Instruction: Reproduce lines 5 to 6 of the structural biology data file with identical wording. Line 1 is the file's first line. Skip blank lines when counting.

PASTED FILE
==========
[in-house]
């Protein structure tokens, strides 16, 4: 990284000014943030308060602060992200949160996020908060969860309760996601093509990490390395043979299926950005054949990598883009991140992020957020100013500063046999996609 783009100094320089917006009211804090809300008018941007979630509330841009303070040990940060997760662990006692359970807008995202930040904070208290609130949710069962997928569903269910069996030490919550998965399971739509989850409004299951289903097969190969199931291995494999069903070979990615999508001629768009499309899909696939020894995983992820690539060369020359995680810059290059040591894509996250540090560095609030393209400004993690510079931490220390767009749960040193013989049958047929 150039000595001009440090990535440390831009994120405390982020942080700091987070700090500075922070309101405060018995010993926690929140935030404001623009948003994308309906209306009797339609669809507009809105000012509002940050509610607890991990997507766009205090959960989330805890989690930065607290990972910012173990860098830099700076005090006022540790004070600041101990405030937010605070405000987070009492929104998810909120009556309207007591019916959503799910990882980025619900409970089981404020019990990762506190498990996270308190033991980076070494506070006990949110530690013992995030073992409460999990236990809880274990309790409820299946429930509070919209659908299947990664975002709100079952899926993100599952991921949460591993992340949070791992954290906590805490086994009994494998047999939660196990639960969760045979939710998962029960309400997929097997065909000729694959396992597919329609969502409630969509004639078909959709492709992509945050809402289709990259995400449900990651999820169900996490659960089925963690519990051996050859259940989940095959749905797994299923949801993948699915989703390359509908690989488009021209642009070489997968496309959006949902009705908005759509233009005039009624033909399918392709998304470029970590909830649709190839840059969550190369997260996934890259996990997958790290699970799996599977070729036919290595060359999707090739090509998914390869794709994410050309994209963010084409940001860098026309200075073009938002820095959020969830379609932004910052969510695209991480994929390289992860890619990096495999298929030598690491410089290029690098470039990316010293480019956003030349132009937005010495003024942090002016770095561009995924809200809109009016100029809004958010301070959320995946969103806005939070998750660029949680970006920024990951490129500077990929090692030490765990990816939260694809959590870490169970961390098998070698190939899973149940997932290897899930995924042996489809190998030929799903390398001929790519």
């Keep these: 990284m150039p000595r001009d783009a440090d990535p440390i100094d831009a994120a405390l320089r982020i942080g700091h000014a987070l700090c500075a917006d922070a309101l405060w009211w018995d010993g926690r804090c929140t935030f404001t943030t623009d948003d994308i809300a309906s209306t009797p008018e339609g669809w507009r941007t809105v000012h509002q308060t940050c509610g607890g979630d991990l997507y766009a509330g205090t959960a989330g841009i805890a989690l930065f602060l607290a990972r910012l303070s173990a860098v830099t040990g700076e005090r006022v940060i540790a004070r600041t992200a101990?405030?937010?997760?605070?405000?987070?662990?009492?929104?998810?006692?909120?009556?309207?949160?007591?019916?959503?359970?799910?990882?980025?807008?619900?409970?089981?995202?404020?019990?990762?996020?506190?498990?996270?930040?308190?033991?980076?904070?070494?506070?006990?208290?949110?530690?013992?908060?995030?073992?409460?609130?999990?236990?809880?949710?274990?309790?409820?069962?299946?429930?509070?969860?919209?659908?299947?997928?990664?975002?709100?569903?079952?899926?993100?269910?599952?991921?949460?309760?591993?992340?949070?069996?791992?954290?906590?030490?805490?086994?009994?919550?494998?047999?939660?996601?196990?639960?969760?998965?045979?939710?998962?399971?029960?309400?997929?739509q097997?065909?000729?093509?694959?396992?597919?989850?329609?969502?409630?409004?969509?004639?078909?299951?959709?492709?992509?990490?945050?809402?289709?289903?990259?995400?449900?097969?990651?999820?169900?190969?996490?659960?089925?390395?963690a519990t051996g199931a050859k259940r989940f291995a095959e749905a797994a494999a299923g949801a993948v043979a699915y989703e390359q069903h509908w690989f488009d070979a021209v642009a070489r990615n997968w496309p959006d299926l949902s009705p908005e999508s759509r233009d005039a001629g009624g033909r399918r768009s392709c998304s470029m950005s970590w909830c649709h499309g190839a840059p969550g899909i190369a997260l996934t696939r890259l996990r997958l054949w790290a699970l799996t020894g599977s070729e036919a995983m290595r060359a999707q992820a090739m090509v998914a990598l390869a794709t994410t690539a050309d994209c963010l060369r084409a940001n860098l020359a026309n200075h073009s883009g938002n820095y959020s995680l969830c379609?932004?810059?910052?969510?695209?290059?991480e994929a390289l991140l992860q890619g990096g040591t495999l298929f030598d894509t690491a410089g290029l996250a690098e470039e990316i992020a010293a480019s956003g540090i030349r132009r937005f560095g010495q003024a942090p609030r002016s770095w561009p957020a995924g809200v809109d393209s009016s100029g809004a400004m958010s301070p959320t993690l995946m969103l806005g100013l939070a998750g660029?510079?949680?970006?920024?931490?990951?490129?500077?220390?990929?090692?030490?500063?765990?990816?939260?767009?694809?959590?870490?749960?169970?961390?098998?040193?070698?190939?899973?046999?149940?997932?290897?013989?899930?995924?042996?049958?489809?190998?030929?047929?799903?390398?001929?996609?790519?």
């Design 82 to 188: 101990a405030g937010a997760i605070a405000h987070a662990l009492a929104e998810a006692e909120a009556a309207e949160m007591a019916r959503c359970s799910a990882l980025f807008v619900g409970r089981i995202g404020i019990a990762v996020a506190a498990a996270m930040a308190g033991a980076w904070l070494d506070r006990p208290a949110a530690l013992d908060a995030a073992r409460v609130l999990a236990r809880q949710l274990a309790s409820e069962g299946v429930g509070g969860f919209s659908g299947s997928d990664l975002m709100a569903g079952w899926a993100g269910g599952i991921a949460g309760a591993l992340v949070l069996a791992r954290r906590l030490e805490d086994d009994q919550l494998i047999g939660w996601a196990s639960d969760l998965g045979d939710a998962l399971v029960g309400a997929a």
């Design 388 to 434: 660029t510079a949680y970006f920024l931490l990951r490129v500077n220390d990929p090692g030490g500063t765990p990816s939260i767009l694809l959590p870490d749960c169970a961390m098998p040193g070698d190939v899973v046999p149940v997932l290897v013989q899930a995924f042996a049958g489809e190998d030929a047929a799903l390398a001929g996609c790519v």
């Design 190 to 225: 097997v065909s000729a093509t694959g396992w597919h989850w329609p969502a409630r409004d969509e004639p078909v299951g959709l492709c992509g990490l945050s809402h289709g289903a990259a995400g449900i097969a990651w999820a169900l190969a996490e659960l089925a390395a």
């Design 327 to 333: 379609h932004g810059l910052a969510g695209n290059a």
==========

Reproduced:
């Design 388 to 434: 660029t510079a949680y970006f920024l931490l990951r490129v500077n220390d990929p090692g030490g500063t765990p990816s939260i767009l694809l959590p870490d749960c169970a961390m098998p040193g070698d190939v899973v046999p149940v997932l290897v013989q899930a995924f042996a049958g489809e190998d030929a047929a799903l390398a001929g996609c790519v």
């Design 190 to 225: 097997v065909s000729a093509t694959g396992w597919h989850w329609p969502a409630r409004d969509e004639p078909v299951g959709l492709c992509g990490l945050s809402h289709g289903a990259a995400g449900i097969a990651w999820a169900l190969a996490e659960l089925a390395a």